The holidays were rapidly approaching and neither of the girls were in the cheery holiday spirit that time of year usually brings. Emily, as well as Lindsey, refused to participate in their school’s annual Thanksgiving musical, and neither girl had any desire to attend their church’s Breakfast with Santa, write letters to Santa, or even decorate their house. Rachel did all she could to make a normal holiday season… but she had nothing to give. She prayed every night that God would ease Emily’s pain. She prayed that God would give them strength to go on another day and to help her find a way to make it through the holiday season. The holidays had always been such a joyful time in their house: the lights, which their dad usually had wrapped around their front porch and front yard trees. The smell of food, like pie and turkey, and the smell of cookie dough as the girls helped their mom bake Christmas cookies in the shape of trees, bells angels, and more. The anticipation of Santa, as the girls wrote their letters and counted down the days until Christmas eve. This year was different however. The house felt lonely and dark and Rachel needed an answered prayer, a miracle. 

It was 2:14 p.m. on December 23. Two days until Christmas. Rachel and the girls sat patiently in the cold, quiet non-decorated exam room at the oncologist’s office. It was a day Rachel and the girls had not been looking forward to. Today was  the day to find out how much of the cancer had been cured. The door opened and Dr. Riley came in with a broad smile. The cold, lonely room began to warm and brighten as he shared the wonderful news: Emily’s chemotherapy treatments had been working. Her abnormal white blood cell count was lower than ever. Screams of joy could be heard all the way down the hall as Rachel praised the Lord. God had answered her prayers… but was it enough to save Christmas?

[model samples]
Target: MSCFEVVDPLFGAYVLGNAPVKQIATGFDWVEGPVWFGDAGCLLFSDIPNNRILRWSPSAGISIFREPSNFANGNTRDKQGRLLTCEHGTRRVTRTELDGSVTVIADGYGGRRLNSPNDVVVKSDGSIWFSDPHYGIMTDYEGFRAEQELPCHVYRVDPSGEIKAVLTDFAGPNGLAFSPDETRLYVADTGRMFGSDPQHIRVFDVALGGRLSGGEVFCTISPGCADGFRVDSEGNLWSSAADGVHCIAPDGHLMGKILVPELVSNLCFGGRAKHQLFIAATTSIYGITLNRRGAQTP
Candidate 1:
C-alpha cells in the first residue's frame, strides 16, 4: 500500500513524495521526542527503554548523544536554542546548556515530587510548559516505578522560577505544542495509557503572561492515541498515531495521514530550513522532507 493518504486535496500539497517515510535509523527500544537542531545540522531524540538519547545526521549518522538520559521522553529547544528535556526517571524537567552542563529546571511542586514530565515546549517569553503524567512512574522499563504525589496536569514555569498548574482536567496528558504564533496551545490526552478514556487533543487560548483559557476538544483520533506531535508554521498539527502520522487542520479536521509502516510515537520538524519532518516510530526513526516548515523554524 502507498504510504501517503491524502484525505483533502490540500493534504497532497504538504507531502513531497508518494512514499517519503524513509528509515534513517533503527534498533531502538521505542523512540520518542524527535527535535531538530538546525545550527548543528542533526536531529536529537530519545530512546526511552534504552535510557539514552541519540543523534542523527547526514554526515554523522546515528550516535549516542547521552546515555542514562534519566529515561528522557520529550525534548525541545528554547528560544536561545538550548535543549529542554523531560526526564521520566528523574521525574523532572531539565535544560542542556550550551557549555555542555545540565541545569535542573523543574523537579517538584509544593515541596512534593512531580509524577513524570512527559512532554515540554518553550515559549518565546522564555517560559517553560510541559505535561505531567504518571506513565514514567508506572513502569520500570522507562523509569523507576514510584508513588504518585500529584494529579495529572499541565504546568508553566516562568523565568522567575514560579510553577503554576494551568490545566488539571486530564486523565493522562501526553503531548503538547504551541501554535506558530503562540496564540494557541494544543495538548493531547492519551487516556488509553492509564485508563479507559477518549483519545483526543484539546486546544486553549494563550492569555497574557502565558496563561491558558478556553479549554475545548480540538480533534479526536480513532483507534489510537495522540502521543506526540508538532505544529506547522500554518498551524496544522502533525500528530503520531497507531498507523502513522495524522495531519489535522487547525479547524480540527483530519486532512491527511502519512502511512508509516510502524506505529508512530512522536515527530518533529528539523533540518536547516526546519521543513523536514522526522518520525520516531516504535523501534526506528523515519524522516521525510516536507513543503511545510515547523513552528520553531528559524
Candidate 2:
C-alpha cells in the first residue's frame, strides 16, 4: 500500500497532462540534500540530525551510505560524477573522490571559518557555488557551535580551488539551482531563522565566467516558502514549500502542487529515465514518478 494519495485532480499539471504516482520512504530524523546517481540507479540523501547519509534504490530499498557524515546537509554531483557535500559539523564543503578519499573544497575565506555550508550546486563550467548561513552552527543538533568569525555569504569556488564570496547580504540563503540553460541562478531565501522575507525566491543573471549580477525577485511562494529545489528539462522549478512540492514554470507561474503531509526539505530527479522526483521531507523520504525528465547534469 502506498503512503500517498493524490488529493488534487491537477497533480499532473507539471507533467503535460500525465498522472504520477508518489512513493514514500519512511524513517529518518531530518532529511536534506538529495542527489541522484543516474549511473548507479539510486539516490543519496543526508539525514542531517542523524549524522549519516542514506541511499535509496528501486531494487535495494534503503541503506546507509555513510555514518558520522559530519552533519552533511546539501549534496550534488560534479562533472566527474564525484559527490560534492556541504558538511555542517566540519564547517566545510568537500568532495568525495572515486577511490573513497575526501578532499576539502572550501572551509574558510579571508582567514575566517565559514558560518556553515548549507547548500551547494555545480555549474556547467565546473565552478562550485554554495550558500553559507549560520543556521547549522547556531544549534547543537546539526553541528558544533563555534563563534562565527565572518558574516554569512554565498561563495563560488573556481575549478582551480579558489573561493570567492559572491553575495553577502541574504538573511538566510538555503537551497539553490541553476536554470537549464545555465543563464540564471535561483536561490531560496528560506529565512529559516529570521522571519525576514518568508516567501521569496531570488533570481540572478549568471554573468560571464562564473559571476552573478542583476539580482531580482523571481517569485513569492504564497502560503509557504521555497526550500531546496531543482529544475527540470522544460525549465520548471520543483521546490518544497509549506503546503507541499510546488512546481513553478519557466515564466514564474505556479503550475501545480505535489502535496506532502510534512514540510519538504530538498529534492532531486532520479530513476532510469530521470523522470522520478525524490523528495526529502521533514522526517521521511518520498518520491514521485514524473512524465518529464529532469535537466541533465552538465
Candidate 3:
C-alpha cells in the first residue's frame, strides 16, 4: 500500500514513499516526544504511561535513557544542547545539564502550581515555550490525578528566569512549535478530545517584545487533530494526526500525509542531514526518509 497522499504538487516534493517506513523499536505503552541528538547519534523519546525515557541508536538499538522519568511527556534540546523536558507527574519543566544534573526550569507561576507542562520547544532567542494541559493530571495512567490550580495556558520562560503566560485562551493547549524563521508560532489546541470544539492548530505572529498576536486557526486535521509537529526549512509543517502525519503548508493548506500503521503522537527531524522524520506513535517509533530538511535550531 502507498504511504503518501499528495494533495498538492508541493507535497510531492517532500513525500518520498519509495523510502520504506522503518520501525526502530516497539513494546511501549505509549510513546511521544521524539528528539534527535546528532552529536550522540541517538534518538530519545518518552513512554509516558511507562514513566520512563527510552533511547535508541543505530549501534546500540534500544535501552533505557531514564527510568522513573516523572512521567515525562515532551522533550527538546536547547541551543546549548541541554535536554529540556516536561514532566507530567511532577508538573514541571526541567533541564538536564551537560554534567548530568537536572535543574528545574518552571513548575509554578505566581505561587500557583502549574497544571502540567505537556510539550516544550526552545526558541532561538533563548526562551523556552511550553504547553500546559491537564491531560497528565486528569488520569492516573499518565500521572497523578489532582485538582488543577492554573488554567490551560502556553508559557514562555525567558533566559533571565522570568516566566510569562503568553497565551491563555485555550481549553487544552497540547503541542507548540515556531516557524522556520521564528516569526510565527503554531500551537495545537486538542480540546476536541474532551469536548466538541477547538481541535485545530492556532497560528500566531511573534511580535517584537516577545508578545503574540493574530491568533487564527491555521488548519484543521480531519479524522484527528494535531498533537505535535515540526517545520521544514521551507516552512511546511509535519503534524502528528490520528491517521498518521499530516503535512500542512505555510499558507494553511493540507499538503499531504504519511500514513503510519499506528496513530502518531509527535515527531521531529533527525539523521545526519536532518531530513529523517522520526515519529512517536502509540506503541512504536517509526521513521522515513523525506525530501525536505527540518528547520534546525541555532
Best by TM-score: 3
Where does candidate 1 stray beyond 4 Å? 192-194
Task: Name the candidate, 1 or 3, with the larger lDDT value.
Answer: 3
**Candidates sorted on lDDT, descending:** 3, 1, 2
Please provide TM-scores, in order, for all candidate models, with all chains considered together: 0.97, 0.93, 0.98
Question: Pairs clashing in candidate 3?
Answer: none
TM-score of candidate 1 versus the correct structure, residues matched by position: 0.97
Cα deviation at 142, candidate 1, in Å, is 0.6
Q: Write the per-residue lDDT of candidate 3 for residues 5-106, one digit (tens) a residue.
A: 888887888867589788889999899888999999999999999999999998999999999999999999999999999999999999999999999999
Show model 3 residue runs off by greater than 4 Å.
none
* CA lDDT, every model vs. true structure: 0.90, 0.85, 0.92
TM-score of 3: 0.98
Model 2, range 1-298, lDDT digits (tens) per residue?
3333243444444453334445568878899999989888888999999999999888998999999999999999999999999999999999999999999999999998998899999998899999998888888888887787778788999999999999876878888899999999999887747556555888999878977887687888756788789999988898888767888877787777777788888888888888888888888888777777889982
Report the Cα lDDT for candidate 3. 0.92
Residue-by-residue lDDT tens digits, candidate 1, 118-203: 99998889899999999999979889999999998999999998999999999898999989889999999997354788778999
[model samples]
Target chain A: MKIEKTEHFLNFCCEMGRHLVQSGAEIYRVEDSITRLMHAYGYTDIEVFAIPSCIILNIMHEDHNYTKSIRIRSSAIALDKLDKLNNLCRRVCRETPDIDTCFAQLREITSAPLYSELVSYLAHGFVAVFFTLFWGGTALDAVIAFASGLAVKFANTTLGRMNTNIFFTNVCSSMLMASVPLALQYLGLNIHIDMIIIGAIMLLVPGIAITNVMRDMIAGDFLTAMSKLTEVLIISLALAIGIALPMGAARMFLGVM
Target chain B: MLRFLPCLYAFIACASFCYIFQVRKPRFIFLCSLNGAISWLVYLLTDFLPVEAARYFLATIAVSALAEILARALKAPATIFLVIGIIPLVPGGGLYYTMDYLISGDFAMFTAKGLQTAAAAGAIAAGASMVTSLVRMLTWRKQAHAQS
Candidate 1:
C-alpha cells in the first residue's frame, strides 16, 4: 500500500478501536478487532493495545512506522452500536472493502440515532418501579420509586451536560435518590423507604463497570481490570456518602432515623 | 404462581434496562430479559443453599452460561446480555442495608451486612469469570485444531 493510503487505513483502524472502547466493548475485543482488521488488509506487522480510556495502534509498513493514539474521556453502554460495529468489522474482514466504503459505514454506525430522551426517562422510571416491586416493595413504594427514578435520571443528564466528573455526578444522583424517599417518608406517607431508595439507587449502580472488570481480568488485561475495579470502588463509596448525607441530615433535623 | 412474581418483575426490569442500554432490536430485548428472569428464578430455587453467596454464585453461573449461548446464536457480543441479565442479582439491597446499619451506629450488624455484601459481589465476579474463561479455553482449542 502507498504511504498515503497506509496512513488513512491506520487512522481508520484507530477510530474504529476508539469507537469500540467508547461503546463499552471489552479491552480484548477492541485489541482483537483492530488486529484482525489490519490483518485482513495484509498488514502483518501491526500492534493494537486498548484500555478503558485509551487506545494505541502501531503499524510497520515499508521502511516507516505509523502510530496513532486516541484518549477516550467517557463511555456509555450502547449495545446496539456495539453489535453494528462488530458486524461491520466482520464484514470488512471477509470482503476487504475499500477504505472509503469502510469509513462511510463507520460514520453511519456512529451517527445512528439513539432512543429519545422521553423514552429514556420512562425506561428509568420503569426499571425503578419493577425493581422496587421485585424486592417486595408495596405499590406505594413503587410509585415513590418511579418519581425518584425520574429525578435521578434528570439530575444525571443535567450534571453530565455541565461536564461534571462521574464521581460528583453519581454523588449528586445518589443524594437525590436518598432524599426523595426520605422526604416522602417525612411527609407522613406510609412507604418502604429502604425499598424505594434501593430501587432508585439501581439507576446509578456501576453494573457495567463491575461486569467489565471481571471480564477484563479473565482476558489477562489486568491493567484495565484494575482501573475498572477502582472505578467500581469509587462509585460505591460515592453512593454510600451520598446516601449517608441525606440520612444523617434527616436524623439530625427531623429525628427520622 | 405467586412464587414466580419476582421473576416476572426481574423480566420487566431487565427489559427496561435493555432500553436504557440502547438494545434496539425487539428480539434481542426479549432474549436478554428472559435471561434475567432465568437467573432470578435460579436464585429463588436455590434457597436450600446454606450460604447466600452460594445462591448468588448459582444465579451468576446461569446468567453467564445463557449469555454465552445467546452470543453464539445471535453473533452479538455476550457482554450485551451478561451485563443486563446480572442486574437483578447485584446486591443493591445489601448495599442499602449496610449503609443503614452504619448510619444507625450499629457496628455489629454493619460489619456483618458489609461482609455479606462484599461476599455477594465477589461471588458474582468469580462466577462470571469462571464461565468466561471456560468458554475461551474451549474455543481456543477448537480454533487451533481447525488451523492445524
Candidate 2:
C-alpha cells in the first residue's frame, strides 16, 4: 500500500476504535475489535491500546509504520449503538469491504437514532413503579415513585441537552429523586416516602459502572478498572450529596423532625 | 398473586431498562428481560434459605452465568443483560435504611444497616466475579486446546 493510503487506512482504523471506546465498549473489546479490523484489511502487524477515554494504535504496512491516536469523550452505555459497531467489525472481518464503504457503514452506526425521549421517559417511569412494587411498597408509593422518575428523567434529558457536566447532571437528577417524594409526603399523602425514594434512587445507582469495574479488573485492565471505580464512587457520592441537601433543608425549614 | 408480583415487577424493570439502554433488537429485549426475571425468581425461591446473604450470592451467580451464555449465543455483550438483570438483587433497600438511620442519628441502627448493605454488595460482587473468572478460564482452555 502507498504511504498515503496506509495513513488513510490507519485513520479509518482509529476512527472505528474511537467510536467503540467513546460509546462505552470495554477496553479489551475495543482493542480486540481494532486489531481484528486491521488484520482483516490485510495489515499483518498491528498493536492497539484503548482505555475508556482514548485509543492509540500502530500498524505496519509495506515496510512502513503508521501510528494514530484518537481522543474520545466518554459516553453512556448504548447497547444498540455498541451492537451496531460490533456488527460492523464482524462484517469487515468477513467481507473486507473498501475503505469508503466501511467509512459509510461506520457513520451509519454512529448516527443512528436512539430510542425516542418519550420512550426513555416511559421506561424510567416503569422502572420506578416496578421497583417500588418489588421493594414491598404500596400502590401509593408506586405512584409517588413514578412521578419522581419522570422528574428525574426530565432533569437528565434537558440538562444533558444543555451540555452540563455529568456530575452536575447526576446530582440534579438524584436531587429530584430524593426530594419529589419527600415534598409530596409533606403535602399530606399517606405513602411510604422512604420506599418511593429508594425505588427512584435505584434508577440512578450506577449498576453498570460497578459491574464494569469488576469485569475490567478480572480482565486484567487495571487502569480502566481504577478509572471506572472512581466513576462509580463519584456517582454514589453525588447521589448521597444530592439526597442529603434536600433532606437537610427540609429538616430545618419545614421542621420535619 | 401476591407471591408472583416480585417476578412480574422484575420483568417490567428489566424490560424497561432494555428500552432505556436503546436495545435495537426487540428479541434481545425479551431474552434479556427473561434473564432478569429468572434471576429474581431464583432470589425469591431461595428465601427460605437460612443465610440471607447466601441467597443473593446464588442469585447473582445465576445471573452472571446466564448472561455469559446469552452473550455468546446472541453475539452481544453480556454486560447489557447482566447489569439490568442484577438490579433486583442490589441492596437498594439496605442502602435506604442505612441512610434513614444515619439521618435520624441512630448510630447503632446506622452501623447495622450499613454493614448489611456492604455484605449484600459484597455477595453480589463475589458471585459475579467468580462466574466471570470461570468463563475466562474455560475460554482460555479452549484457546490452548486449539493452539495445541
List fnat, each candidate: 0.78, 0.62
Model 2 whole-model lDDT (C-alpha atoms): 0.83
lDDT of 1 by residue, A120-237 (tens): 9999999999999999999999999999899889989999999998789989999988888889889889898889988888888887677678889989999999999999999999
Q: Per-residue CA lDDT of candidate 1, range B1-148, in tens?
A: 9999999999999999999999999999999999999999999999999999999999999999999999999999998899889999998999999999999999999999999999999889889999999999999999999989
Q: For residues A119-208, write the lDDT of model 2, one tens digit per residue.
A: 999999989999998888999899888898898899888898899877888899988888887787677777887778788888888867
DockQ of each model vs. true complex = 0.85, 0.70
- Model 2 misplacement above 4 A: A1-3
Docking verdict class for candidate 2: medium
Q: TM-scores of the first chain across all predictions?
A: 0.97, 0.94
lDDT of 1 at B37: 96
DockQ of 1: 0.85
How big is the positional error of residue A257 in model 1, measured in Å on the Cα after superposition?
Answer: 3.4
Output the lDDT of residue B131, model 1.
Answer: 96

That night, Rachel decided to pull an old Christmas tree from the basement and the girls decorated it with twinkly lights and the girls handmade ornaments Rachel had saved through the years. Rachel watched as Emily grabbed a little white box and opened it carefully. Inside lay two cardboard reindeer with crooked ears and one missing an eye. On the back, in barely legible, hot pink handwriting were the words “mommy” and “daddy.” As tears streamed down Rachel’s face, she rose from the couch to leave the room and was startled by the ringing doorbell. Lindsey stood quickly and whispered “Mommy… is it Santa?” With tears in her eyes and bright red cheeks, Rachel nervously and quietly walked to the door with both girls at her side. When she opened the door, she saw, standing in front of them, twenty or thirty kids each from Emily and Lindsey’s classes. They were dressed in festive, red and green clothing and had Santa hats on top of each of their heads. Each child held a beautifully wrapped present with a bright bow and colorful wrapping paper. Behind them stood their parents, some who had been Rachel’s friends through the years, holding more presents and what Rachel could smell to be a wonderful Christmas dinner including all of the families favorites and more. The children began to sing Christmas carols, like Deck the Halls and Silent Night, and Emily and Lindsey also began to sing along as the tears continued to pour from Rachel’s face. One by one the visitors laid their gifts under the families short, slanted, needle-less Christmas tree, which only had half of its bulbs lit. The house began to warm and become cheery, with the smell of turkey and ham laid out on the table. After all the gifts were laid under the tree and the table set for three, each of the angels began to leave, still singing sweet carols. Another prayer had been answered, Christmas had been saved and the Marksdale Family had much to be grateful for that holiday season.